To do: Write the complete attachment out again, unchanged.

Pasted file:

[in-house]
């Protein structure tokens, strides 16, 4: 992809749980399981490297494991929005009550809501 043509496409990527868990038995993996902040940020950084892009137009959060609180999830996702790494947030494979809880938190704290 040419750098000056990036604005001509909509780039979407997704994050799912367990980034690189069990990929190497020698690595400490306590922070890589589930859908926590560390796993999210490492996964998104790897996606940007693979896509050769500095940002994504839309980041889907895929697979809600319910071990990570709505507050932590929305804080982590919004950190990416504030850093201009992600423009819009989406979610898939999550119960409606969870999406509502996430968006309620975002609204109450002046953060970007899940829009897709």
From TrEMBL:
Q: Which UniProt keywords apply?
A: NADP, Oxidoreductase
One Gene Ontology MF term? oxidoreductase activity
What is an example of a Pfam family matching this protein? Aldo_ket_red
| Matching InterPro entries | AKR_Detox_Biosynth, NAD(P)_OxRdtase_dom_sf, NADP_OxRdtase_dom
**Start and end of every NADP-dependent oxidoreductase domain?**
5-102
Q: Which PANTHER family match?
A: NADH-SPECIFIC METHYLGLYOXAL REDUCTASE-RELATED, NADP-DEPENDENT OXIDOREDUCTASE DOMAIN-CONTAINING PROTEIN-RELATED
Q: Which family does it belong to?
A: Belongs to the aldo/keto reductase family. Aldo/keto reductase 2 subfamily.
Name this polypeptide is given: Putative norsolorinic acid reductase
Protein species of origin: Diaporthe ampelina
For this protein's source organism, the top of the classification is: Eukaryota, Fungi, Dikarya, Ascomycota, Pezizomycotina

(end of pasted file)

[in-house]
């Protein structure tokens, strides 16, 4: 992809749980399981490297494991929005009550809501 043509496409990527868990038995993996902040940020950084892009137009959060609180999830996702790494947030494979809880938190704290 040419750098000056990036604005001509909509780039979407997704994050799912367990980034690189069990990929190497020698690595400490306590922070890589589930859908926590560390796993999210490492996964998104790897996606940007693979896509050769500095940002994504839309980041889907895929697979809600319910071990990570709505507050932590929305804080982590919004950190990416504030850093201009992600423009819009989406979610898939999550119960409606969870999406509502996430968006309620975002609204109450002046953060970007899940829009897709």
From TrEMBL:
Q: Which UniProt keywords apply?
A: NADP, Oxidoreductase
One Gene Ontology MF term? oxidoreductase activity
What is an example of a Pfam family matching this protein? Aldo_ket_red
| Matching InterPro entries | AKR_Detox_Biosynth, NAD(P)_OxRdtase_dom_sf, NADP_OxRdtase_dom
**Start and end of every NADP-dependent oxidoreductase domain?**
5-102
Q: Which PANTHER family match?
A: NADH-SPECIFIC METHYLGLYOXAL REDUCTASE-RELATED, NADP-DEPENDENT OXIDOREDUCTASE DOMAIN-CONTAINING PROTEIN-RELATED
Q: Which family does it belong to?
A: Belongs to the aldo/keto reductase family. Aldo/keto reductase 2 subfamily.
Name this polypeptide is given: Putative norsolorinic acid reductase
Protein species of origin: Diaporthe ampelina
For this protein's source organism, the top of the classification is: Eukaryota, Fungi, Dikarya, Ascomycota, Pezizomycotina